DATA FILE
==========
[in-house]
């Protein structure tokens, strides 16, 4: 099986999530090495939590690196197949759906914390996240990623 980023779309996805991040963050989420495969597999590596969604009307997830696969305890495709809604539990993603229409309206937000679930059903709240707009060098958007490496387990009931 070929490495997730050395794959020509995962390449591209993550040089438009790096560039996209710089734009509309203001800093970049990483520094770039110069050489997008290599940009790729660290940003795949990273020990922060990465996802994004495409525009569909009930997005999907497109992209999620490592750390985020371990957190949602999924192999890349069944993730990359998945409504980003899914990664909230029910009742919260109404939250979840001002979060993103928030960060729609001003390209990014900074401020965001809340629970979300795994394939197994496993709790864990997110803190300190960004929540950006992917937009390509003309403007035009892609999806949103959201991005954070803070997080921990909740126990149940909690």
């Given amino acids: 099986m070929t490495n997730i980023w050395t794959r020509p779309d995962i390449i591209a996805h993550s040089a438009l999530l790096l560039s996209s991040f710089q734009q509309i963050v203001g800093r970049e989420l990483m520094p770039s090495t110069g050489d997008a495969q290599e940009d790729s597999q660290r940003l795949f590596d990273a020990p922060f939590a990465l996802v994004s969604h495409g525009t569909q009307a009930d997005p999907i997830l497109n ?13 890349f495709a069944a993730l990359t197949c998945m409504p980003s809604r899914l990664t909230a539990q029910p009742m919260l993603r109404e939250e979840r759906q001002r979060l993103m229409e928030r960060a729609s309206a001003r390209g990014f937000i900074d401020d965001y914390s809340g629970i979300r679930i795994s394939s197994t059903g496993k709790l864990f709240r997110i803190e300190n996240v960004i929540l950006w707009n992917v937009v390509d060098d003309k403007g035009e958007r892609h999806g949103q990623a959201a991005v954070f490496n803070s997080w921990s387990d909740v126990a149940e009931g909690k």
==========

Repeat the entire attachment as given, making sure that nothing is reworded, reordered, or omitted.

[in-house]
């Protein structure tokens, strides 16, 4: 099986999530090495939590690196197949759906914390996240990623 980023779309996805991040963050989420495969597999590596969604009307997830696969305890495709809604539990993603229409309206937000679930059903709240707009060098958007490496387990009931 070929490495997730050395794959020509995962390449591209993550040089438009790096560039996209710089734009509309203001800093970049990483520094770039110069050489997008290599940009790729660290940003795949990273020990922060990465996802994004495409525009569909009930997005999907497109992209999620490592750390985020371990957190949602999924192999890349069944993730990359998945409504980003899914990664909230029910009742919260109404939250979840001002979060993103928030960060729609001003390209990014900074401020965001809340629970979300795994394939197994496993709790864990997110803190300190960004929540950006992917937009390509003309403007035009892609999806949103959201991005954070803070997080921990909740126990149940909690």
């Given amino acids: 099986m070929t490495n997730i980023w050395t794959r020509p779309d995962i390449i591209a996805h993550s040089a438009l999530l790096l560039s996209s991040f710089q734009q509309i963050v203001g800093r970049e989420l990483m520094p770039s090495t110069g050489d997008a495969q290599e940009d790729s597999q660290r940003l795949f590596d990273a020990p922060f939590a990465l996802v994004s969604h495409g525009t569909q009307a009930d997005p999907i997830l497109n ?13 890349f495709a069944a993730l990359t197949c998945m409504p980003s809604r899914l990664t909230a539990q029910p009742m919260l993603r109404e939250e979840r759906q001002r979060l993103m229409e928030r960060a729609s309206a001003r390209g990014f937000i900074d401020d965001y914390s809340g629970i979300r679930i795994s394939s197994t059903g496993k709790l864990f709240r997110i803190e300190n996240v960004i929540l950006w707009n992917v937009v390509d060098d003309k403007g035009e958007r892609h999806g949103q990623a959201a991005v954070f490496n803070s997080w921990s387990d909740v126990a149940e009931g909690k």